Davos ought not to succeed. Why on earth should the world’s business and financial community, with a leavening of politicians and princes, trek up a mountain to an overpriced resort, to spend much of their time sitting in an Audi (the official car) traffic jam, where the only interest lies in distinguishing the A8s from the A4 Quattros? (Aston Martins can’t fit the snow tyres, I am told, or the Russians would take theirs along).
Each year, the invited and the salon des refuses compete to be as dismissive as possible about what they are, or are not, going to do. Will Hutton kicked off this season with a bitter piece in the Observer, condemning Davos Man and all his works. He knows whereof he speaks, as a 20-year veteran. I shall be sorry not to see him leave the hotel for the slopes on non-filing days – four out of five for a Sunday journalist. But George Soros, who is here as usual, told me he “hates it”, but always attends.
His argument is that the “network effects” dominate all the other inconveniences. It is the same phenomenon that sustains the City. Banks are there because the others are. One day this will change, just as Babylon ceded its place as the world’s financial centre, but for now the position of Davos seems fairly secure: indeed the event has got bigger and bigger.
One sustaining dynamic is the existence of several tiers of participation, reflected in the colour of your conference badge. Whether intentionally or not, Klaus Schwab – the original begetter and still in charge – has borrowed from Scientology, where initiates rise through the ranks in an attempt to attain that mysterious state of being “clear”. So every time you think you have reached the “access all areas” roadies’ nirvana, you discover there is another, yet more privileged layer of membership. For a while, I thought the top level was known as IGWEL, the Informal Group of World Economic Leaders, with its own lounge and coffee machines. How proud I was to have a special badge with a hologram where the Davos logo normally sits.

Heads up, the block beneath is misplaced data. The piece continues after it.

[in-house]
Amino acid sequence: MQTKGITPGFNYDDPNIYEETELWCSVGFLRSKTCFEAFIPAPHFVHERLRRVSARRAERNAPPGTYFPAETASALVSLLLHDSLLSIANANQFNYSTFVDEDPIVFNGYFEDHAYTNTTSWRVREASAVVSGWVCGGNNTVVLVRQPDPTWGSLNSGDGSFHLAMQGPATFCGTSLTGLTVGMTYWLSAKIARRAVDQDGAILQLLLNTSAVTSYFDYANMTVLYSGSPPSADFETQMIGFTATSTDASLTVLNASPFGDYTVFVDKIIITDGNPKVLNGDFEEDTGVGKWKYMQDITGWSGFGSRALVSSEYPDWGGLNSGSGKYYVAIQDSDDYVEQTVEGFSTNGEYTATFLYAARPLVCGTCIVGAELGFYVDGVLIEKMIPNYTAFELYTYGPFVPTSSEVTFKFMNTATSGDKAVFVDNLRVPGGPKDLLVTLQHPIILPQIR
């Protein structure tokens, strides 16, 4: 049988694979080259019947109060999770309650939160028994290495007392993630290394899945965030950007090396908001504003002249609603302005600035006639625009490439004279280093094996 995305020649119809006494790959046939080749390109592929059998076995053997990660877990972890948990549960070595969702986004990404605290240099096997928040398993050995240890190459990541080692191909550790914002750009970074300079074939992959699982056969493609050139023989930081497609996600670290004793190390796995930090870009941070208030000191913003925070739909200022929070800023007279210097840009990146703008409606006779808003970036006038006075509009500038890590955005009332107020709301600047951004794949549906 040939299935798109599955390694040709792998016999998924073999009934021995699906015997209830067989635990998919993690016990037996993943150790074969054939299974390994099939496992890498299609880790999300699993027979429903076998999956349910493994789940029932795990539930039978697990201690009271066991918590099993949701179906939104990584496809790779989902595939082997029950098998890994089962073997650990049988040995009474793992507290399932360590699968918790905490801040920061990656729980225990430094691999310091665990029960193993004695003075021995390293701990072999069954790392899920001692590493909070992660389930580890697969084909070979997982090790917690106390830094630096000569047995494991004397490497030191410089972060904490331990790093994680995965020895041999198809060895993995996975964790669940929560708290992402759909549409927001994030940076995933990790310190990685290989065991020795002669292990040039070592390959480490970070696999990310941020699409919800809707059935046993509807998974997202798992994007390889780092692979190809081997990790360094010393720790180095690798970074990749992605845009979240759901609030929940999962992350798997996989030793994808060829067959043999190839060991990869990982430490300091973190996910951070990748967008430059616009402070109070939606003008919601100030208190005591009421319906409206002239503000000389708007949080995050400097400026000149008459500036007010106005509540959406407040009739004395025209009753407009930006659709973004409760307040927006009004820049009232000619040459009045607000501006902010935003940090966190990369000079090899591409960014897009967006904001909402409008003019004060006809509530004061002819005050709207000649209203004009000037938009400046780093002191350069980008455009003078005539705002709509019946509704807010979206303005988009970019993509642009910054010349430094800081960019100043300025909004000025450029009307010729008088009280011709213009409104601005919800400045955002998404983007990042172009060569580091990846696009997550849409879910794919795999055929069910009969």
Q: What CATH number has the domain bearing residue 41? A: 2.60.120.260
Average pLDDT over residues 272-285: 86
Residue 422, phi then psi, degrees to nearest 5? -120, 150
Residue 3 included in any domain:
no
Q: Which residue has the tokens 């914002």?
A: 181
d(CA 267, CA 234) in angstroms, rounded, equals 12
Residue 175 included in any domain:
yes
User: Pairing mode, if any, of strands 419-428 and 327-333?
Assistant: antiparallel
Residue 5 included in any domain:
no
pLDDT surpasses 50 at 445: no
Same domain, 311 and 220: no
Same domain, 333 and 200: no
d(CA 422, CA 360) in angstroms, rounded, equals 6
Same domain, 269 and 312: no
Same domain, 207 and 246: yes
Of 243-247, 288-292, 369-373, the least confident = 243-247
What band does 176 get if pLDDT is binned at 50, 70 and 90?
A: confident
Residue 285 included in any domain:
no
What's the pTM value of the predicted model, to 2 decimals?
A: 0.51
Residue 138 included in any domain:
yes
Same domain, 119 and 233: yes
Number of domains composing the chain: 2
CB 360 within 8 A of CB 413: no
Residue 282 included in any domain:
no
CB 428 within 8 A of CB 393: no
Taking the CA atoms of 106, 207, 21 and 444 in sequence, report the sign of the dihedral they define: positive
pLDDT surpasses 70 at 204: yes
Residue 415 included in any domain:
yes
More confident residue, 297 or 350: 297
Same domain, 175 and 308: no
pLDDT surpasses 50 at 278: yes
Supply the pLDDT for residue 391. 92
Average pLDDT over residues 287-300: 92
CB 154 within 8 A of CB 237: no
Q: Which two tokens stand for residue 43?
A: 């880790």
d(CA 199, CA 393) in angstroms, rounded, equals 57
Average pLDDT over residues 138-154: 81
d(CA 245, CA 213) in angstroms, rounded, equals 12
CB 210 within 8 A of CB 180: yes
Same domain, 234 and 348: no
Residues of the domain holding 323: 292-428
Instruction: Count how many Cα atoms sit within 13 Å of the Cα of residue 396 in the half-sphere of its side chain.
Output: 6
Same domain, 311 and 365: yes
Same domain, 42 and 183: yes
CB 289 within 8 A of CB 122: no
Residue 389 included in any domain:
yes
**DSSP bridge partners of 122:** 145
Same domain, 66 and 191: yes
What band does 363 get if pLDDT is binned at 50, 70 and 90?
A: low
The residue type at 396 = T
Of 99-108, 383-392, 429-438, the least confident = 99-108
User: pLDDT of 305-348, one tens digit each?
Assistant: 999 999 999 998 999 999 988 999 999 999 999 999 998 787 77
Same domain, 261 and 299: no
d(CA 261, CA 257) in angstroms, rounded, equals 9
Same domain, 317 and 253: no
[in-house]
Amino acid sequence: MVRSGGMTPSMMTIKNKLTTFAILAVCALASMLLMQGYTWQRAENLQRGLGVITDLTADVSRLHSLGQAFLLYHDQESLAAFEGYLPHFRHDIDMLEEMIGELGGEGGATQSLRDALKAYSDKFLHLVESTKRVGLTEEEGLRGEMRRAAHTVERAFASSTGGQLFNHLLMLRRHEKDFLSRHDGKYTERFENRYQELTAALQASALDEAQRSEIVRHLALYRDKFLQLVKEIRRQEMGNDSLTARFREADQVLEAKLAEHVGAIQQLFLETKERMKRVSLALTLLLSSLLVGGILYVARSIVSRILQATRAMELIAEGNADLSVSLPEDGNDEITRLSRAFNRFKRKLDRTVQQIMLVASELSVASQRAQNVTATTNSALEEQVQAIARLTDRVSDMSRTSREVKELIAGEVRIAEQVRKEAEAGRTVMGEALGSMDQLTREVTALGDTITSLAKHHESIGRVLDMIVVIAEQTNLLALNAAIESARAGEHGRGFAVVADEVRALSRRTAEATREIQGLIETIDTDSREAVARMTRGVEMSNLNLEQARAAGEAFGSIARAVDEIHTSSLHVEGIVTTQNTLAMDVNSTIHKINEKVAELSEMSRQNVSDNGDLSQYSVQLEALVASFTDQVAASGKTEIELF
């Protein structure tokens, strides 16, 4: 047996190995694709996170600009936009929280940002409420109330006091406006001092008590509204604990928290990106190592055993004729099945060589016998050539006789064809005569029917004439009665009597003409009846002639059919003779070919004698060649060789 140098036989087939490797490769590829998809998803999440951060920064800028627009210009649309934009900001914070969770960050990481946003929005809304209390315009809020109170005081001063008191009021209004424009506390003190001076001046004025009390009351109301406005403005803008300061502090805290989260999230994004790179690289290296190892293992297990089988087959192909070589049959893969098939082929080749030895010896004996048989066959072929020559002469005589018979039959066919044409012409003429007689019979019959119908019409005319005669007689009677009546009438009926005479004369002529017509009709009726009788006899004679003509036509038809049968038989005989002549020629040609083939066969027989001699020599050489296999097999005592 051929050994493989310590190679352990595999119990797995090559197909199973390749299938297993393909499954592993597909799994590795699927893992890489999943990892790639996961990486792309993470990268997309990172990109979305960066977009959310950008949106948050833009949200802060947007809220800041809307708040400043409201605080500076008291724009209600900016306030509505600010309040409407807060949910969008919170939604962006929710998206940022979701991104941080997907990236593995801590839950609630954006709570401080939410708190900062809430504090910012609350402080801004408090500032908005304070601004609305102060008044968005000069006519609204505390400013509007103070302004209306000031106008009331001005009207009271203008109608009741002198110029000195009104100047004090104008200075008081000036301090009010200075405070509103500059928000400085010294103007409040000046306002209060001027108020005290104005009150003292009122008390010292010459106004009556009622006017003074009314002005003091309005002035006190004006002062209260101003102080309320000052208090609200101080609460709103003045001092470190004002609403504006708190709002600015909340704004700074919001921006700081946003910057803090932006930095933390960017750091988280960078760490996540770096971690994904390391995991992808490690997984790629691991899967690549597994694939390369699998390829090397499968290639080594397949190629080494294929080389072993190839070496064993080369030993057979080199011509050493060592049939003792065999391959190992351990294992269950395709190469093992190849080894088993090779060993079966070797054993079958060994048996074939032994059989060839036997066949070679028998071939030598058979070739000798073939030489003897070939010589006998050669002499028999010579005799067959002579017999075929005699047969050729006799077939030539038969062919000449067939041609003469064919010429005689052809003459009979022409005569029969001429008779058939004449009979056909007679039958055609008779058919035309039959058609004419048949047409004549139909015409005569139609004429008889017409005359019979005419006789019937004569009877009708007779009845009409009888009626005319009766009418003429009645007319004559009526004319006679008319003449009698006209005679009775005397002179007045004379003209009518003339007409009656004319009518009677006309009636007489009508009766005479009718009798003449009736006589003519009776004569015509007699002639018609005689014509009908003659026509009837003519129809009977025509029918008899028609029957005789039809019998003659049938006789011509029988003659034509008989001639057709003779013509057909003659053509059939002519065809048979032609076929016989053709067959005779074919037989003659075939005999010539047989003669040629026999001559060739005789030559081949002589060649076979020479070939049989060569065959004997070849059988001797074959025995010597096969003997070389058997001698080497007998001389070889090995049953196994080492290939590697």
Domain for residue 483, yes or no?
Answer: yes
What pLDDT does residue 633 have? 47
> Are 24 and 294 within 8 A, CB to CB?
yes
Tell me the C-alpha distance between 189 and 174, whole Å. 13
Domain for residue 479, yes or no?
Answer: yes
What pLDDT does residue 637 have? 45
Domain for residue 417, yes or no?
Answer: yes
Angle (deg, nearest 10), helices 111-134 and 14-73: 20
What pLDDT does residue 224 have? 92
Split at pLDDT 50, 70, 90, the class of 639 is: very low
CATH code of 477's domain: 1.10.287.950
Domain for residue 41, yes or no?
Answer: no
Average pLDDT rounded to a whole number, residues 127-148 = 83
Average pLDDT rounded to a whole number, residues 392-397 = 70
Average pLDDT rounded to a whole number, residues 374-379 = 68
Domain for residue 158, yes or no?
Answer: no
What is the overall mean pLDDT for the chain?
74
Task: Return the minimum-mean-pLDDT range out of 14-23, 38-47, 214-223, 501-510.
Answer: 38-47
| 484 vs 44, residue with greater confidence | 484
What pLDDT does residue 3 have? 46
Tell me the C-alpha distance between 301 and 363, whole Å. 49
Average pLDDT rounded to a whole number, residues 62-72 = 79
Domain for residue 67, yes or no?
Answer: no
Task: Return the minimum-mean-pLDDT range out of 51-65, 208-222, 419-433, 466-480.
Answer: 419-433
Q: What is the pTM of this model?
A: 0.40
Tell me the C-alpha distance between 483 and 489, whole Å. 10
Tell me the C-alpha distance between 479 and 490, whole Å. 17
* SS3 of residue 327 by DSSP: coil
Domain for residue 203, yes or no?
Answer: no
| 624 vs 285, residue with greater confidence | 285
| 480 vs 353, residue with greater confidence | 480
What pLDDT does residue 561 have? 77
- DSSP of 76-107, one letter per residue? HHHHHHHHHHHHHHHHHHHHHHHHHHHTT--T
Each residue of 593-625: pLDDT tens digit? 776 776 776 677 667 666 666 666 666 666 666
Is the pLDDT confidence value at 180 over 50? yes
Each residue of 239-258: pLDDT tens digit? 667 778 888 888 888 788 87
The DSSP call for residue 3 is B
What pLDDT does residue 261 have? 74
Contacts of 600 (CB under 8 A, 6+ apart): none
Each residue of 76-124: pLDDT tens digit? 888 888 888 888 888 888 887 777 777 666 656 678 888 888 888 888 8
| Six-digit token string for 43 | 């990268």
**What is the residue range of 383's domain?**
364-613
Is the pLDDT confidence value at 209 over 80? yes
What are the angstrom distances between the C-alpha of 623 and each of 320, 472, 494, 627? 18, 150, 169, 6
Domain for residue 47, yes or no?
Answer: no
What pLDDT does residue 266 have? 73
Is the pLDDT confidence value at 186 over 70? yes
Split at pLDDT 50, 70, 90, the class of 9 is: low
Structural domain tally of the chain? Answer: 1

But as in the best computer games, there is always a “next level” to which to aspire, just when you think you have seen off the competition.
I must renounce these ambitions today. I have cascaded down to the “faculty” grade. We are the gadflies – not members exactly, and certainly not Igwellians. We prod and provoke. We question and challenge, but nicely and politely. A few orthogonal opinions may help the digestion, but not too many facts. Facts can be quite antisocial at a convivial gathering, as every London dinner party host or hostess knows. Idees recues are much better companions for a long evening.
So we prepare to harness our horsepower to the cause of “resilient dynamism”, this year’s chosen theme. It will be tough, with only fondue and fendant (an amusing Swiss white wine) to sustain us through the week.
Howard Davies will be writing from Davos for the FT A-List throughout the week.